Equal Distribution of Digital and Data-driven Talents in The Logistics Sector

From the perspective of Andree Susanto, CEO of Waresix

Indonesia is one of the largest digital players in Southeast Asia and is expected to become one of the greatest in Asia. What are the obstacles to meet these expectations?

With Indonesia’s big population, there is a high demand for logistics. However, the logistic costs are equally high. One of the causes is that Indonesia has many islands, yet infrastructure is concentrated only on a few of them. There are two types of infrastructure development: physical infrastructure and digital infrastructure, and both have to work together. Physical infrastructure is the foundation of digital infrastructure.

What makes Waresix different so it is considered capable of contributing to the acceleration of digitalization in Indonesia?

Logistics is the backbone of all digital economies in Indonesia, particularly in terms of product adoption. Without an effective and integrated logistic infrastructure, whatever happens in e-commerce cannot be delivered. In the logistic ecosystem, there are many truck owners, truck drivers, and transporters who provide deliveries and they are economic heroes. Logistics refers not only to e-commerce logistics, but also includes business-to-business (B2B) logistics, since e-commerce logistics accounts for only 5 to 10% of total logistics, while the remaining 90% serves offline trade.

The critical infrastructure issue is to improve the living standard of the transporter by providing access to digital infrastructure, insurance, and a variety of other services to improve the ecosystem of our transporters. Hopefully, by having strong penetration to every offline logistic player, we can give them better opportunities. 

How does Waresix envision Indonesia’s digital skills to fulfill employment demand in the Industry 4.0 era? What should Indonesia’s government do to increase the quality of its digital talent?

Digital talent is categorized into three groups: visionary talent, talent who possess exceptional technical abilities, and talents who are still in the learning process. The challenge is in order to absorb these capacities, we must first determine which skill sets are needed by companies. One of the most crucial aspects is the transfer of knowledge. Therefore, what Indonesian talents need to do is to develop their own skill set outside of working hours.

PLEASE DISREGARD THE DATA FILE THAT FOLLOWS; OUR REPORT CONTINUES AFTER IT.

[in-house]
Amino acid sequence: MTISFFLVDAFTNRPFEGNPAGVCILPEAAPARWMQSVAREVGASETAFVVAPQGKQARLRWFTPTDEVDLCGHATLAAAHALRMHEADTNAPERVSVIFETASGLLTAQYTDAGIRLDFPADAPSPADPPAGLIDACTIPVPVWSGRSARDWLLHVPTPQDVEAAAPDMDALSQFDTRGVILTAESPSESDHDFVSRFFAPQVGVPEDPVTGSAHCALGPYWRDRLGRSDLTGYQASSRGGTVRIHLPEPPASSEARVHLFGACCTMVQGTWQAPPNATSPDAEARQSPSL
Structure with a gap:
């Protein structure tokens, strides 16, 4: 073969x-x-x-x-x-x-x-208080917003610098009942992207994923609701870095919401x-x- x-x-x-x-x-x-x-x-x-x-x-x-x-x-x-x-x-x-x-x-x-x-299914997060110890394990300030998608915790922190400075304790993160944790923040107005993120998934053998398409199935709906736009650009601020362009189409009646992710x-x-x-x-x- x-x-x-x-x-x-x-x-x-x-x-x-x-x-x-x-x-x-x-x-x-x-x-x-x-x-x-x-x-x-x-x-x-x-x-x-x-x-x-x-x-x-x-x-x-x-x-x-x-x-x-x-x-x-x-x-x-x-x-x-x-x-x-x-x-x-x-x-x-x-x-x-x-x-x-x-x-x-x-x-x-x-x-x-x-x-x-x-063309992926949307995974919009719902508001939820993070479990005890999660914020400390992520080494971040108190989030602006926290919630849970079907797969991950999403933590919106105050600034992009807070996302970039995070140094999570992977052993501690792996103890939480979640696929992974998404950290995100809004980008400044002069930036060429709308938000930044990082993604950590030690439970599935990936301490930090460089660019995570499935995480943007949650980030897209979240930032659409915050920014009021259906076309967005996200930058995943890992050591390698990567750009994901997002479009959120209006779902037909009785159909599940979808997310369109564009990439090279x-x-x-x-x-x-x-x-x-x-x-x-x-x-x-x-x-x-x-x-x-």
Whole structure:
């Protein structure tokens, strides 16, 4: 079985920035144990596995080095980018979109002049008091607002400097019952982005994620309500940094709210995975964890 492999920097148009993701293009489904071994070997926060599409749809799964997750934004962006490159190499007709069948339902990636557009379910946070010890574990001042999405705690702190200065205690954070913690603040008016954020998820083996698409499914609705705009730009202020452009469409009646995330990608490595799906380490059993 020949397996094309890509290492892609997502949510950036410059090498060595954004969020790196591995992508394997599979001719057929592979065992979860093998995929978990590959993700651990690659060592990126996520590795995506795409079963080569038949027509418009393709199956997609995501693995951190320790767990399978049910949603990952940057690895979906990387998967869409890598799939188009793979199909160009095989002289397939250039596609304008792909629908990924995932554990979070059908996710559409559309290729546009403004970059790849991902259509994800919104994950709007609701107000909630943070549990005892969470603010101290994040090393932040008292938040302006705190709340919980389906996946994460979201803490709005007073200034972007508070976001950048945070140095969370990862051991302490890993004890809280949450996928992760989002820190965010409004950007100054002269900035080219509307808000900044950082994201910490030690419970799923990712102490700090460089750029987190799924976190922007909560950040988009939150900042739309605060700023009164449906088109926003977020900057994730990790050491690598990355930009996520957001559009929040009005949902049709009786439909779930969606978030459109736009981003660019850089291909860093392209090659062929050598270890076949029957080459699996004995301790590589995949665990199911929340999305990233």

What are the collaborations that Waresix has had with stakeholders? In order to improve Waresix’s performance in the future, what kind of collaboration will be conducted?

These stakeholders can be seen on both the customer and vendor perspectives. We are building a digital infrastructure that leans more towards the vendor and logistics provider in order to improve the efficiency and utilization of each activity. If we have finished connecting all vendors, we can assist you to streamline a route and then help small vendors develop into large ones. For instance, the Ministry of Health has entrusted Waresix with delivering oxygen concentrators to 4,000 hospitals. In this case, we contributed to the transparency of the distribution process. By digitizing the process, we are supporting local vendors to participate in this activity.

How is the development of the National Logistics Ecosystem (NLE), integration of the digital platform between the government and the commercial sector, particularly to improve logistics cost efficiency?

When we first heard about NLE, we were excited about the government’s ambition to build a one-stop platform for commodities entering Indonesia. Actually, we have prepared all of the APIs that are connected not only to the NLE, but also to other platforms, clients, and ecosystems that could utilize our services. In the future, the most crucial aspect of NLE’s future is its adoption.

Can digitalization help resolve the Indonesian shipping crisis from West to East Indonesia?

Digitization assists us in carrying out the process, whether it is submitting and receiving orders, and at  the same time we are gaining a better understanding of more strategic movements based on the data we have. We can learn from the movement in each location, for example, based on meteorological data. We can take preventive measures to improve work efficiency based on this information. Data is also required to support end-to-end partnerships and connect all components of the supply chain.